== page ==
But what about the other natural goodies that keep your body and mind in tip-top shape? It’s time to stop putting them in a corner!
Take magnesium, for example. This mineral is one of the most abundant minerals in the body and plays a role in over 300 biochemical reactions, explains Brian Tanzer, M.S., C.N.S., nutritionist and manager of scientific affairs for The Vitamin Shoppe. “As important as it is, more than half the population in the U.S. doesn’t meet their daily magnesium needs.”
Once you learn a little more about magnesium, we guarantee you’ll want to show it some more love.
Magnesium Is A Biological Powerhouse
One of magnesium’s hundreds of roles in your body is energy production. “We produce and use a chemical called ATP to do everything from making our heartbeat to keeping our brain functioning,” says Tanzer. Magnesium contributes to ATP production, and indirectly influences tons of other body functions.
It’s also involved in the production of neurotransmitters, like the feel-good serotonin, in our brain, Tanzer says. That may explain why low magnesium levels are often associated with poor mood and common in people with depression.
Magnesium has a soothing effect on many parts of the body. “Magnesium helps to relax blood vessels, promoting blood flow and healthy blood pressure,” says Tanzer. It similarly helps the heart and your other muscles relax after contracting (calcium handles that part).
Are You Getting Your Fill?
The average adult man needs 420mg of magnesium per day, while the average adult woman needs 320mg per day, according to the National Institutes of Health (NIH).
Some of the best sources of magnesium are green leafy vegetables and nuts. According to the NIH, an ounce of almonds contains 80mg of magnesium (20 percent of your daily needs!) while a ½ cup of boiled spinach comes in at 78mg. “The chlorophyll in leafy green veggies is where you’ll find the magnesium, so the darker the green the higher the concentration of magnesium,” says Tanzer.
Legumes and beans like peanuts, edamame, and black beans are also good sources of magnesium, with a serving of each packing more than 10 percent of your daily magnesium needs.
Most of us don’t get the recommended daily amount of magnesium from food alone, however, and some groups, like people who take certain meds, are at even higher risk for deficiency.
Some blood pressure meds, like diuretics, make you pee more, and you flush out magnesium in all the extra pee, says Tanzer.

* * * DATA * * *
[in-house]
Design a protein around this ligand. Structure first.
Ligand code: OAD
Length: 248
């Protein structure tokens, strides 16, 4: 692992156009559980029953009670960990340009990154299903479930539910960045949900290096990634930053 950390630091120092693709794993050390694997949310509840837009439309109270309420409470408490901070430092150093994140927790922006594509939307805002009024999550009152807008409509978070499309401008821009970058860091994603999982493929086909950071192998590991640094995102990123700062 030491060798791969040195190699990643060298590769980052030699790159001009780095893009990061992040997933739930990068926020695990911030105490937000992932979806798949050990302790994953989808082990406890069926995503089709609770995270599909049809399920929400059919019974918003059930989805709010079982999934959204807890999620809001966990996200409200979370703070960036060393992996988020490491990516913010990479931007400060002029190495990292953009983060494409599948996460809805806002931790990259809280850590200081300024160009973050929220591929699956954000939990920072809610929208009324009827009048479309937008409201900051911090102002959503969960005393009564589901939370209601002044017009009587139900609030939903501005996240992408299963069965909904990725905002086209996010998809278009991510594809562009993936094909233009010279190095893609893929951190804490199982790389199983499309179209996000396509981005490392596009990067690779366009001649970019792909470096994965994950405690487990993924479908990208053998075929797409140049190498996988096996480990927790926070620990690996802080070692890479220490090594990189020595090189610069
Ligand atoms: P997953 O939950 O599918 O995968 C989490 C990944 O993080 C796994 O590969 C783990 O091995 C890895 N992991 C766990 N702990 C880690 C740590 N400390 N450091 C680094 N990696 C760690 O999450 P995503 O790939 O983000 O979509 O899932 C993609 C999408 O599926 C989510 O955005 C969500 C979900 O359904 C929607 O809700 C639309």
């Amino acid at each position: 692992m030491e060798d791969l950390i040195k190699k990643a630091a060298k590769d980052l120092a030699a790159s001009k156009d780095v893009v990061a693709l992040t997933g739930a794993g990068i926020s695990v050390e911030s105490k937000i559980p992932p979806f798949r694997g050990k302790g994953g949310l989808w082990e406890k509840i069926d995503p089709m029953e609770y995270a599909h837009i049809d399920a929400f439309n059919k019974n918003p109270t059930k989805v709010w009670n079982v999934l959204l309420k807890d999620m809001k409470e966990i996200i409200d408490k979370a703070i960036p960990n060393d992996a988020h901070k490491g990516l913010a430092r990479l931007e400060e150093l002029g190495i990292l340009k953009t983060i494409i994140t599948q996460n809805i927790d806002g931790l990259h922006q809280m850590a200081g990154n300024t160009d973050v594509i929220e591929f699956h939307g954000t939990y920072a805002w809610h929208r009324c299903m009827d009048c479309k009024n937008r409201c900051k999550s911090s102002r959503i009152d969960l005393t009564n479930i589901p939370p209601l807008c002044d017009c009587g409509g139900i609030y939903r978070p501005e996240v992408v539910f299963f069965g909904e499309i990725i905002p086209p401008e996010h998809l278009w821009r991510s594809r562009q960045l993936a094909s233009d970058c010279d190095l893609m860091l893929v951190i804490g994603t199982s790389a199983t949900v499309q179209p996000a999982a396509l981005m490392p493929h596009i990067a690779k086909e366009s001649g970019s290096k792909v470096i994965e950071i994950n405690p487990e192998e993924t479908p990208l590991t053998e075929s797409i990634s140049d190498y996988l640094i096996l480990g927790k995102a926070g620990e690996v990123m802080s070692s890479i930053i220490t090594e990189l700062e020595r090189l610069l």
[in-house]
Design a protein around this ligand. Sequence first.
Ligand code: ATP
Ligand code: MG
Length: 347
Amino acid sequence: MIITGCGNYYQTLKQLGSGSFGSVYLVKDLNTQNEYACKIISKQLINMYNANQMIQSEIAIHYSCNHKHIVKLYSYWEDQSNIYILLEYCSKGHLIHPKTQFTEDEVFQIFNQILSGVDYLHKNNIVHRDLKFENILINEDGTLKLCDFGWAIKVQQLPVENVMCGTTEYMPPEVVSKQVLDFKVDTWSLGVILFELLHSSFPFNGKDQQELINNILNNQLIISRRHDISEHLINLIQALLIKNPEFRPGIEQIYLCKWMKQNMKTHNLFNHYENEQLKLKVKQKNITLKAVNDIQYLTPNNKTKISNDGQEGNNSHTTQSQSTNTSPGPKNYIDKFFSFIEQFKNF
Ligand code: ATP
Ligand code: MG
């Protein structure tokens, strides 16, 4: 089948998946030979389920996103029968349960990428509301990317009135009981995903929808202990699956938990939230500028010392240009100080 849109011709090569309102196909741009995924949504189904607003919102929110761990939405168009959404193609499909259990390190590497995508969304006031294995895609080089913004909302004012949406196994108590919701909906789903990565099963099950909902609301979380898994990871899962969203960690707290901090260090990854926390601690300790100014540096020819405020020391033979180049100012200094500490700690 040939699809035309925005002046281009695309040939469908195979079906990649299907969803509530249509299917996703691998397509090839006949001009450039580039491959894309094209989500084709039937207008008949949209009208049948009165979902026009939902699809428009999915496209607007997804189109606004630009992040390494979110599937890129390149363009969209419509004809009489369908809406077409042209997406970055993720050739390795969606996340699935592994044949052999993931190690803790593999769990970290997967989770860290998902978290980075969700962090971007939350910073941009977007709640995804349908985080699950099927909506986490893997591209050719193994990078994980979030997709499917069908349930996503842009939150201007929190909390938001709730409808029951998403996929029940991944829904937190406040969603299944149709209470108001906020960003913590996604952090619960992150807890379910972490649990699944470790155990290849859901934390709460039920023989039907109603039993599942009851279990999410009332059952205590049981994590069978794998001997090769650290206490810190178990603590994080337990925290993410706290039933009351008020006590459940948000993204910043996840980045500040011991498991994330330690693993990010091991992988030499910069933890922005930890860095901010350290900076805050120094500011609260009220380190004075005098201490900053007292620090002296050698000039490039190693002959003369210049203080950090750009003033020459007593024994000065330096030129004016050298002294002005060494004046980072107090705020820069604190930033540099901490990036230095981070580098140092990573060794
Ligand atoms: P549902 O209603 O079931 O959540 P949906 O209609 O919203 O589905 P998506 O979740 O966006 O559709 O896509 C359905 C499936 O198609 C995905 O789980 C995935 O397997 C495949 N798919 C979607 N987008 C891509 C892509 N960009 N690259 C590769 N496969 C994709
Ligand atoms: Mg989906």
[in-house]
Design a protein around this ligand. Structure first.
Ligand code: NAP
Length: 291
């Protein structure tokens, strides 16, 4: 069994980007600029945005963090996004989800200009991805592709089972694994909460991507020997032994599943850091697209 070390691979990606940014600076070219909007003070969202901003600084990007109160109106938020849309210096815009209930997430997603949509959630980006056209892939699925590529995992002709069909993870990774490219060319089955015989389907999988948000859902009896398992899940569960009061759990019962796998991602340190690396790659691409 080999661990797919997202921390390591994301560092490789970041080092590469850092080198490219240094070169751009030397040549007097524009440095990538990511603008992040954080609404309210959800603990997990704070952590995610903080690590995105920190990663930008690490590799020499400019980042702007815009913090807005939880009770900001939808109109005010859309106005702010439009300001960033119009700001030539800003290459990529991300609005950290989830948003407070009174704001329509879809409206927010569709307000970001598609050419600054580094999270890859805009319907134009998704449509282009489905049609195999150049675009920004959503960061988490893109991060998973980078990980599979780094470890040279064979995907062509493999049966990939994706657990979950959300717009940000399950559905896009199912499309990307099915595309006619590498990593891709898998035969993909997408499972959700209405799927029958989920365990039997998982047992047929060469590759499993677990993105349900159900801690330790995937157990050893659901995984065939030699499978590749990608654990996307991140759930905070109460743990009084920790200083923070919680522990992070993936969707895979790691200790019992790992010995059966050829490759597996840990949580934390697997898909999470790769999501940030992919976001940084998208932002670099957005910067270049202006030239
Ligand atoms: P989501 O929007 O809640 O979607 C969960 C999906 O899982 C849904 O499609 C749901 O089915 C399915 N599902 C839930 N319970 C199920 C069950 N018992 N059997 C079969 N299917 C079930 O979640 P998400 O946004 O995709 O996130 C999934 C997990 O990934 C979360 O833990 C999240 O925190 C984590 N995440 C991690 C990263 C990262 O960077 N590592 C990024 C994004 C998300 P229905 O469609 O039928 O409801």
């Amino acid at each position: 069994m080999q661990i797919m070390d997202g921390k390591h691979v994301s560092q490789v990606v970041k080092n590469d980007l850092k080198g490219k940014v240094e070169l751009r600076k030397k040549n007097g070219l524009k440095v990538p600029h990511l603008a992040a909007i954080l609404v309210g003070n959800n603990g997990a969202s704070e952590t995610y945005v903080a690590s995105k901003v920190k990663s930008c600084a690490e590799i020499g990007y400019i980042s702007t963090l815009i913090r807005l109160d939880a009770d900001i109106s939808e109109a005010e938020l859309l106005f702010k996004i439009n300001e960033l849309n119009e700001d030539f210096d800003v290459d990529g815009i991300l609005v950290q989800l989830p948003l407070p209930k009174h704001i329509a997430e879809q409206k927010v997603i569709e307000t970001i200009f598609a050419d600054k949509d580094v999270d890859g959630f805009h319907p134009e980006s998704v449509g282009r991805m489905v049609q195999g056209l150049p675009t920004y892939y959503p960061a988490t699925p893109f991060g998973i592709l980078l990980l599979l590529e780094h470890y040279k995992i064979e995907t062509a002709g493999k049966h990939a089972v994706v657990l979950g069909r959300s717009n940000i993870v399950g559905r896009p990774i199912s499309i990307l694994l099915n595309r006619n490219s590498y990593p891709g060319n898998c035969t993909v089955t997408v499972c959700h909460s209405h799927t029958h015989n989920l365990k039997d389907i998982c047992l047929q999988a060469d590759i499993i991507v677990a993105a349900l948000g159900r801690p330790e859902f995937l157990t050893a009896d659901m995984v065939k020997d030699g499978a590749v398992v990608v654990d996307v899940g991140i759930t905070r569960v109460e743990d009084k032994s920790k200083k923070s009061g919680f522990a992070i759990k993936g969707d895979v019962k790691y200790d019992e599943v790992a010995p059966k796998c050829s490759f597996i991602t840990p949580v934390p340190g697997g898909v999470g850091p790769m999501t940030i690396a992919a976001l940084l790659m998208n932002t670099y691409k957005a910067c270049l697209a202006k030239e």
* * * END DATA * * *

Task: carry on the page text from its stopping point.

Meanwhile, stomach meds like antacids and proton pump inhibitors often used for digestive troubles like heartburn can also mess with your magnesium by reducing your absorption. While this may not be problematic short-term, chronic use of these meds may deplete your magnesium and impact your health, Tanzer says.
Lastly, people who exercise a lot may burn through more magnesium than the average Joe. (Remember, you need magnesium to make your muscles contract and relax when you’re working out.)
Since less than one percent of your body’s magnesium is stored in your blood (most is stored in your bones, and the rest in your muscles and kidneys), magnesium deficiency can’t be easily tested for. That being said, symptoms like fatigue, elevated blood pressure, changes in mood, and elevated blood sugar can indicate you’re low on magnesium, says Tanzer.
Maximize Your Magnesium
If you’re looking to take a magnesium supplement in addition to your daily multivitamin, which should contain some, you’ll find it in a few forms online or on the store shelf.
Varieties labeled as “chelated” or “magnesium glycinate” tend to be gentler on the stomach and more easily absorbed, explains Tanzer. Magnesium oxide or citrate may have a mild laxative effect, because they stay in the GI tract longer and draw in water, he adds. That’s why many people turn to milk of magnesia when backed up—it’s made with magnesium hydroxide.
Some magnesium can be absorbed through the skin to help soothe and relax tired, sore muscles. Fitness junkies or athletes may want to try taking an Epsom salt bath, which contains magnesium, after a workout, Tanzer suggests.